The Gathering opens with Veronica, a thirty-nine-year-old mother of two girls, briefly ruminating about memories, relationships, family secrets, and death. She touches these subjects lightly in the beginning, but these themes run throughout Enright’s story.
In the opening lines, Veronica wants to recount what happened in her grandmother’s home when she was eight or nine years old, but she is not quite sure if this event was real or imagined. She says, “I do not know how to tell the truth.” All she remembers are stories. These stories are influenced by her emotions, which may not represent what had happened. Despite her reservations, Veronica needs to put what she remembers down on paper.
Veronica begins to introduce her family, which includes (in the present time) her mother and eight siblings. Veronica’s father has died and three siblings are also dead. Veronica’s seventy year-old mother is losing her memory. This stands in contrast with Veronica, who is trying to refresh her memory. Her remembrances are stimulated by the days-old suicide of her brother Liam. The family is preparing to gather for Liam’s funeral.
Slowly, Veronica exposes the relationship between herself and her mother as well as the relationship between Liam and their mother, which was not a very good one. She claims her family had trouble loving one another. Veronica is at her mother’s house to tell her that Liam’s body was found in England, at Brighton Beach. Liam had drowned. He had placed rocks in his pockets to make sure of it.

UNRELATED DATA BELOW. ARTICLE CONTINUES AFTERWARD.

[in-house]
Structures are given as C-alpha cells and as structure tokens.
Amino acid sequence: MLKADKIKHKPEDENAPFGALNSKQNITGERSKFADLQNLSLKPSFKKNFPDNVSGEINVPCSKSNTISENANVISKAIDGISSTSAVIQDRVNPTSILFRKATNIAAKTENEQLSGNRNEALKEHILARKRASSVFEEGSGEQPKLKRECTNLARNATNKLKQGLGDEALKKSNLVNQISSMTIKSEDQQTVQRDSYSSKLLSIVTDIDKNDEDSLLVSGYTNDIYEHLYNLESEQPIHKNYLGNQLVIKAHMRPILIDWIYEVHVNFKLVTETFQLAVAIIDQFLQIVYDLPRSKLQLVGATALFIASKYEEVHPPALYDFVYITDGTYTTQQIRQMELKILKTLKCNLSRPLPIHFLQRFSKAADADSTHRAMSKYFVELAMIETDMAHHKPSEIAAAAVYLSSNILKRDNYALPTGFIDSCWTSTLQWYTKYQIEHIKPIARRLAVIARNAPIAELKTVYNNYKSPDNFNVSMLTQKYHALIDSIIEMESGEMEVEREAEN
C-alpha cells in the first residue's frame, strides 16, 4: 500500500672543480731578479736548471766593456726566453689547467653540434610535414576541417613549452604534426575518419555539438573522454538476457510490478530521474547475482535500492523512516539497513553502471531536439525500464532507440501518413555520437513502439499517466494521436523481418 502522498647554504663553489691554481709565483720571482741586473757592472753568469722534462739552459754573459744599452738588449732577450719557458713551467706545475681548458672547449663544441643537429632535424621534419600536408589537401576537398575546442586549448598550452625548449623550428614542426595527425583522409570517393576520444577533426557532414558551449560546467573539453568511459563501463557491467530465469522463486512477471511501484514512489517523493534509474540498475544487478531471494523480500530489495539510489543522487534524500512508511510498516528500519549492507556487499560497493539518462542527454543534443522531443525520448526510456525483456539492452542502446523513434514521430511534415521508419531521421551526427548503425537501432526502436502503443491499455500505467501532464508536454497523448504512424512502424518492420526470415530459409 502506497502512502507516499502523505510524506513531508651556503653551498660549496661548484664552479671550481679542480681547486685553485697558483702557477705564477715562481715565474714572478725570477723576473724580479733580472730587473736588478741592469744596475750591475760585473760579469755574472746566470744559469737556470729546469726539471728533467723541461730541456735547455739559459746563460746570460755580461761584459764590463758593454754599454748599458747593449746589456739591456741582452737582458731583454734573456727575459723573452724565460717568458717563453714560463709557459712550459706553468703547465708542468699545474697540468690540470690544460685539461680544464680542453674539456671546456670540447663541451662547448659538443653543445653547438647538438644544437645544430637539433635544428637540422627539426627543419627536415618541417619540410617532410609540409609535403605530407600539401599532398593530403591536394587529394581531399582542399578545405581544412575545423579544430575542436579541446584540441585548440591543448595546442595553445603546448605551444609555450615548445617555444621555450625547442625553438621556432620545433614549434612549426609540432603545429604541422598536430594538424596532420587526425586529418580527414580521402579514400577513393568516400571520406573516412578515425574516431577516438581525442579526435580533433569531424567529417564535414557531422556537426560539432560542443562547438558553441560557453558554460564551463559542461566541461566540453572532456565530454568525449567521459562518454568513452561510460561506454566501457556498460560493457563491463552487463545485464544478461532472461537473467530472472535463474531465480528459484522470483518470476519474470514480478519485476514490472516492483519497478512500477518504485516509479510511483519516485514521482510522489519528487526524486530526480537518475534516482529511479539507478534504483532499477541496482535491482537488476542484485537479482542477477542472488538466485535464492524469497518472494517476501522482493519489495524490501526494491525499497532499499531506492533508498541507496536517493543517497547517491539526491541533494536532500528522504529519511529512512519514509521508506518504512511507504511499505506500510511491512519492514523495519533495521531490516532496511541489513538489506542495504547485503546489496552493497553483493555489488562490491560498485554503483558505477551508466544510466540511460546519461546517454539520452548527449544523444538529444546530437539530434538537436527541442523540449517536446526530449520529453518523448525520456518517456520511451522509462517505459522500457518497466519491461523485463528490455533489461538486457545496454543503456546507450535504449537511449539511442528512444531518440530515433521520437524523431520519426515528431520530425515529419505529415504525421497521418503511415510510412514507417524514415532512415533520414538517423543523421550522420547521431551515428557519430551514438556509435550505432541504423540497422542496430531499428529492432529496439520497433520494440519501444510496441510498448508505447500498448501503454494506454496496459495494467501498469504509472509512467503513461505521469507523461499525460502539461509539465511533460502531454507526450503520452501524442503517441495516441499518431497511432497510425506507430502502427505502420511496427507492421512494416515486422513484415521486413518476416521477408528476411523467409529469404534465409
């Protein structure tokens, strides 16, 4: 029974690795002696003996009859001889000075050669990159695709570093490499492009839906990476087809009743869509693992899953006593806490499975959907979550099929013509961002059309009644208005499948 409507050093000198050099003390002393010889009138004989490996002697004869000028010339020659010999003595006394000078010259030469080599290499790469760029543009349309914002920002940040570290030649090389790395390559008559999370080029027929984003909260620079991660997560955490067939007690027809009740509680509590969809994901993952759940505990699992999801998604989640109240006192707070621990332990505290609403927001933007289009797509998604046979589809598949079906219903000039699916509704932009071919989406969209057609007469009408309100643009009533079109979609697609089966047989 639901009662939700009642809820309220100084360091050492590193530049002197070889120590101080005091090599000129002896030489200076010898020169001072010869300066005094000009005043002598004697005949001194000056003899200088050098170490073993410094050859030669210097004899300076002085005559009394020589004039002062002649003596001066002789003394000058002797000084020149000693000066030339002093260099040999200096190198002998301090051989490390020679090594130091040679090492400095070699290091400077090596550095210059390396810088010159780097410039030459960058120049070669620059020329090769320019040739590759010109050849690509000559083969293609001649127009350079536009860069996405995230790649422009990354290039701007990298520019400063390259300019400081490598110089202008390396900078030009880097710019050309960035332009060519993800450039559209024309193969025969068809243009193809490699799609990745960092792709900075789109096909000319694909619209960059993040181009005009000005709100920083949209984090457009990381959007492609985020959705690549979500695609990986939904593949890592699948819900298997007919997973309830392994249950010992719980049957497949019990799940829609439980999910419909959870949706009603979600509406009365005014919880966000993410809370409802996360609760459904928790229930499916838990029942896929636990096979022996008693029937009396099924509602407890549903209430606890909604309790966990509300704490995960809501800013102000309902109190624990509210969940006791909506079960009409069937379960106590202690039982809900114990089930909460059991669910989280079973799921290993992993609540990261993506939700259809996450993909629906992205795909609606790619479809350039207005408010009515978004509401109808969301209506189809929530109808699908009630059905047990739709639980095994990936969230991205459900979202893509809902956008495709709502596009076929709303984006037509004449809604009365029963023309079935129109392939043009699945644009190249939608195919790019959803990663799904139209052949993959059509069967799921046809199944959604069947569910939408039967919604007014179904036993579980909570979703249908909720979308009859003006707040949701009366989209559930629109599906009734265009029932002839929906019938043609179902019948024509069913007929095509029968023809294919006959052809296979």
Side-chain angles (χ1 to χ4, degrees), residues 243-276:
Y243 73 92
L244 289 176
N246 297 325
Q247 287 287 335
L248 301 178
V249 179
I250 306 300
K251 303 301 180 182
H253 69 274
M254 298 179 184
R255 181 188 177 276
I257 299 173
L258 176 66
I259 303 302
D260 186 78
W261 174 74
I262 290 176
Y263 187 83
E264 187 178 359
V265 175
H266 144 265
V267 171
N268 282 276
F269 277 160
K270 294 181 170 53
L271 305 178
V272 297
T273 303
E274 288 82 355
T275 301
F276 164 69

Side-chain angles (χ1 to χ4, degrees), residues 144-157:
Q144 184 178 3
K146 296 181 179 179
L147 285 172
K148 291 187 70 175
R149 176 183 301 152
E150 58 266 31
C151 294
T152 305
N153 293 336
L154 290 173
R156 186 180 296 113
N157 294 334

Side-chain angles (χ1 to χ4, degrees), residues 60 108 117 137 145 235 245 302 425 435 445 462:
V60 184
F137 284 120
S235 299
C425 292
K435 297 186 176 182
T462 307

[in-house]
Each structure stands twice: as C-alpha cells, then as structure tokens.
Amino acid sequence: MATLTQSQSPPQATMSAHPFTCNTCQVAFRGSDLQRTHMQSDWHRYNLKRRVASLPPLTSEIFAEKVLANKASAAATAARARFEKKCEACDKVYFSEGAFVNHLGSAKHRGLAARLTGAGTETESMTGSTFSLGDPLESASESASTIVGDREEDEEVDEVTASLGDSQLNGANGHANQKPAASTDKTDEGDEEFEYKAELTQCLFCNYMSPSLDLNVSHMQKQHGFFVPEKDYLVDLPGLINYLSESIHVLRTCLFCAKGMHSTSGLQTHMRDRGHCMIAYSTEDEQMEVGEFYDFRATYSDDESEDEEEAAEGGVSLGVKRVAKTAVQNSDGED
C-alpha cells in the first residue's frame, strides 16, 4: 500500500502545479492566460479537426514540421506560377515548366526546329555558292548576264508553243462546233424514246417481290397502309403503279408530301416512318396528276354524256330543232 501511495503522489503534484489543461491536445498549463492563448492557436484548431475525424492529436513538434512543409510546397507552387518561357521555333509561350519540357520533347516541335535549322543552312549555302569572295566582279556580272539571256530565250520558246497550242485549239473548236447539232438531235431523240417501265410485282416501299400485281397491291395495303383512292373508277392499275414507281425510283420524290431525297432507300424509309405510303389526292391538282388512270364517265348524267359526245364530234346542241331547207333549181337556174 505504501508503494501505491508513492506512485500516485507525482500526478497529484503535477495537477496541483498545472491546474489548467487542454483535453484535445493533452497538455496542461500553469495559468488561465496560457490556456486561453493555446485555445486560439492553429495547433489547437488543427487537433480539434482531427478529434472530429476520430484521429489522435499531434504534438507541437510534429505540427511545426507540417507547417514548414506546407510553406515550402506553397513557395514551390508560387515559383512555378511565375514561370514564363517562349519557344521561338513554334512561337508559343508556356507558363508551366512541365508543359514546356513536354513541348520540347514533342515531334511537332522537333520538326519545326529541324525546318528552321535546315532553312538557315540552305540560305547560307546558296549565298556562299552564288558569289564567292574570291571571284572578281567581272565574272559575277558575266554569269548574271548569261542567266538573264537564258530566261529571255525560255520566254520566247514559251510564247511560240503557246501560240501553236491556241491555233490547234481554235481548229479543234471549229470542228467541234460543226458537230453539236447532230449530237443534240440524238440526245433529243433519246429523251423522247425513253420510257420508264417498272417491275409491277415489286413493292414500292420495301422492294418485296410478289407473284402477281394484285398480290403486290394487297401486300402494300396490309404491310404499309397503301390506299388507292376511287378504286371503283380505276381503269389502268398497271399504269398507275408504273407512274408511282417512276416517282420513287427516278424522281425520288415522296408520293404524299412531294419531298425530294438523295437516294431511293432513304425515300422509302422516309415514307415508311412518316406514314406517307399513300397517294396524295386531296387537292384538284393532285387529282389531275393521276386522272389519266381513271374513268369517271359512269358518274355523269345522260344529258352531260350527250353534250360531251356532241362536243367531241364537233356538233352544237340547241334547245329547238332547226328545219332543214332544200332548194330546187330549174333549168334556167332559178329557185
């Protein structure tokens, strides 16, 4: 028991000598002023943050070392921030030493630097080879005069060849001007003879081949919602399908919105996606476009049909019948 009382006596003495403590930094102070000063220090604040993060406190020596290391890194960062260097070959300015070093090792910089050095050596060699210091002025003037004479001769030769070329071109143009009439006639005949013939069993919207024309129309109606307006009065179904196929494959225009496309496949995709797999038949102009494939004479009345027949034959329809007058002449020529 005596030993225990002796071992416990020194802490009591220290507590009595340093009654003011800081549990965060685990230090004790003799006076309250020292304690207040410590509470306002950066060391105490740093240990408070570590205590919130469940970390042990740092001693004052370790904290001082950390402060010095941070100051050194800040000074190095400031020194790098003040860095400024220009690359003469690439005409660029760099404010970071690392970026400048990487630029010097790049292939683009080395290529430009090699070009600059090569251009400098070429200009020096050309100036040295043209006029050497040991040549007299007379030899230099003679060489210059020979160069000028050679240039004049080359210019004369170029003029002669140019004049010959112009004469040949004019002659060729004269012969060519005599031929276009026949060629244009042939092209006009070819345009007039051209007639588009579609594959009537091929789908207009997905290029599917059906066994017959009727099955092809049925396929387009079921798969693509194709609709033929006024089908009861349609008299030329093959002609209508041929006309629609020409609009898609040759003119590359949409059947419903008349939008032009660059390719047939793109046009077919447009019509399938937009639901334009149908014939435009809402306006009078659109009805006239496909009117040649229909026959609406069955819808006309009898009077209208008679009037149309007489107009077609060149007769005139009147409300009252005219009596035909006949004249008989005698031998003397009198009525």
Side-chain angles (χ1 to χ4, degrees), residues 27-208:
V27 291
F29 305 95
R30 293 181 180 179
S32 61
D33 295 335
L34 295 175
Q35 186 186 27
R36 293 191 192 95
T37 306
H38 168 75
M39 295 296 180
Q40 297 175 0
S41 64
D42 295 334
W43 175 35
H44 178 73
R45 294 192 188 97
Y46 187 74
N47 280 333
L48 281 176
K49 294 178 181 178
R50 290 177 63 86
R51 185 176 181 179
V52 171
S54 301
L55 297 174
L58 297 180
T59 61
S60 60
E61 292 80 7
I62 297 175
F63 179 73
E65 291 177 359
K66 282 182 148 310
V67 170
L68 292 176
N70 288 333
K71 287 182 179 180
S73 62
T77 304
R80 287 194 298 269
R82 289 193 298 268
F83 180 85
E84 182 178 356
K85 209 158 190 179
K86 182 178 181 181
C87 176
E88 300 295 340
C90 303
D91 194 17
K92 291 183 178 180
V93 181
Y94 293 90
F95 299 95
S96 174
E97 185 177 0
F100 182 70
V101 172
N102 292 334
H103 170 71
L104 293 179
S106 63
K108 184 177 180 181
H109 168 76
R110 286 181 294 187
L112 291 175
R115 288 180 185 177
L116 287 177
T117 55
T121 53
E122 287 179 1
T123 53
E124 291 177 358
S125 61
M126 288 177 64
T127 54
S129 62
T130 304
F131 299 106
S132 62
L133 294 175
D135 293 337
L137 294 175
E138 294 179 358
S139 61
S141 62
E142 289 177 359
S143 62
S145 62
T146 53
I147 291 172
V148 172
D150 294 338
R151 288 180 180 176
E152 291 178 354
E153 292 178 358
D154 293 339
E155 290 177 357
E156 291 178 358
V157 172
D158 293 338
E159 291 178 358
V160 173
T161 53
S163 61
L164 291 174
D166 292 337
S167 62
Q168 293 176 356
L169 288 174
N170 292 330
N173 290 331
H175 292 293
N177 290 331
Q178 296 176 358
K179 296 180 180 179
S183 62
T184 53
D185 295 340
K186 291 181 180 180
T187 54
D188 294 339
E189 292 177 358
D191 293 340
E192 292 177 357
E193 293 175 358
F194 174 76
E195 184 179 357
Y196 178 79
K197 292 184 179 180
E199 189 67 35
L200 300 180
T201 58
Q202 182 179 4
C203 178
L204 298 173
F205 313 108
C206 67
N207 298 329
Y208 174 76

Veronica believes that the “seeds” of her brother’s suicide “were sown many years ago.” She blames an unnamed person who is now dead. Then she begins a long tale about her grandmother, Ada. She conjures up a story that supposedly took place in 1925, when Ada was still unmarried. Veronica supplies many different versions of this story because, of course, she was not there, and now no one is left who can verify the details. Nonetheless, Veronica introduces Lambert Nugent. She imagines that Lambert is attracted to Ada, but for some reason, Ada ends up marrying Lambert’s best friend, Charlie Spillane. Of Ada’s background, Veronica imagines her grandmother may well have been, at one time, a prostitute, saved by a local do-gooder. Charlie marries Ada and makes her legitimate, although Lambert is at the house almost as much as Charlie (often when Charlie is not...
(The entire section is 996 words.)